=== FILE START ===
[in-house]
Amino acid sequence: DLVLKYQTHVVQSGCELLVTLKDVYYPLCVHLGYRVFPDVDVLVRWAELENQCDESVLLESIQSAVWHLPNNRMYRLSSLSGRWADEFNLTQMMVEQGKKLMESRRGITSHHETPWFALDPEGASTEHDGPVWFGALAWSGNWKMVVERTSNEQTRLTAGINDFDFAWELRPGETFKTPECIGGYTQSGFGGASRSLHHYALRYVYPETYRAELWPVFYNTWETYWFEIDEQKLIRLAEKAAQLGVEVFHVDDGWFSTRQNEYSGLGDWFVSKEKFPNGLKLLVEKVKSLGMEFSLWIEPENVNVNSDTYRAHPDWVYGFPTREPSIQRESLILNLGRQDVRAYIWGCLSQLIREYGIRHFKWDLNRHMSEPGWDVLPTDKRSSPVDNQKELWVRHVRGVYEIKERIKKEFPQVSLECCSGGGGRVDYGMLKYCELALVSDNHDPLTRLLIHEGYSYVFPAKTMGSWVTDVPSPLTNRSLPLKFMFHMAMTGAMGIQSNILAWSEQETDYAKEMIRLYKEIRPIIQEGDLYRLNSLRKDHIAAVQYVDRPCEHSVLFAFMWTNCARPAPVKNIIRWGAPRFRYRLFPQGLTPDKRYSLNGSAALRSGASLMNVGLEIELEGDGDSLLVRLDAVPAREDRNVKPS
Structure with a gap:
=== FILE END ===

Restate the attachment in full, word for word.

[in-house]
Amino acid sequence: DLVLKYQTHVVQSGCELLVTLKDVYYPLCVHLGYRVFPDVDVLVRWAELENQCDESVLLESIQSAVWHLPNNRMYRLSSLSGRWADEFNLTQMMVEQGKKLMESRRGITSHHETPWFALDPEGASTEHDGPVWFGALAWSGNWKMVVERTSNEQTRLTAGINDFDFAWELRPGETFKTPECIGGYTQSGFGGASRSLHHYALRYVYPETYRAELWPVFYNTWETYWFEIDEQKLIRLAEKAAQLGVEVFHVDDGWFSTRQNEYSGLGDWFVSKEKFPNGLKLLVEKVKSLGMEFSLWIEPENVNVNSDTYRAHPDWVYGFPTREPSIQRESLILNLGRQDVRAYIWGCLSQLIREYGIRHFKWDLNRHMSEPGWDVLPTDKRSSPVDNQKELWVRHVRGVYEIKERIKKEFPQVSLECCSGGGGRVDYGMLKYCELALVSDNHDPLTRLLIHEGYSYVFPAKTMGSWVTDVPSPLTNRSLPLKFMFHMAMTGAMGIQSNILAWSEQETDYAKEMIRLYKEIRPIIQEGDLYRLNSLRKDHIAAVQYVDRPCEHSVLFAFMWTNCARPAPVKNIIRWGAPRFRYRLFPQGLTPDKRYSLNGSAALRSGASLMNVGLEIELEGDGDSLLVRLDAVPAREDRNVKPS
Structure with a gap: